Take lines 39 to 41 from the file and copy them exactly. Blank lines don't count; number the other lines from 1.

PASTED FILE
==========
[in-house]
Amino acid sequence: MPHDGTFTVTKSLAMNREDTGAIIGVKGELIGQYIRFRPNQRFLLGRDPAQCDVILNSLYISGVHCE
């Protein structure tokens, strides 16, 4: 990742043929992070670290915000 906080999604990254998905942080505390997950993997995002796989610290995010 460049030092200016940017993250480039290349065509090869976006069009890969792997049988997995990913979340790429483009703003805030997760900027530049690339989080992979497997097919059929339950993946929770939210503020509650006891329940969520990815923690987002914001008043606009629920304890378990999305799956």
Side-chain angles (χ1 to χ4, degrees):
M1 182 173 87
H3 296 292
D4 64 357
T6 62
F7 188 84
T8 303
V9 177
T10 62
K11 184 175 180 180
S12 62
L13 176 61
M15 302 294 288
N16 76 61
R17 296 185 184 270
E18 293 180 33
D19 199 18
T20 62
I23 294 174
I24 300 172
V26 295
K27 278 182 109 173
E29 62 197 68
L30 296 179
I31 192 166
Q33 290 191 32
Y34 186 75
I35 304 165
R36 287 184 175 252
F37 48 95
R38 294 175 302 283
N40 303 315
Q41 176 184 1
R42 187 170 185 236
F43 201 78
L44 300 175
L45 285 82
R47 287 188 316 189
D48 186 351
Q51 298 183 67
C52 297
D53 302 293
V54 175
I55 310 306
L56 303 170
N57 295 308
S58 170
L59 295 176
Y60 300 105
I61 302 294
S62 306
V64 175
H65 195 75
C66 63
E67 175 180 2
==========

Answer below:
L44 300 175
L45 285 82
R47 287 188 316 189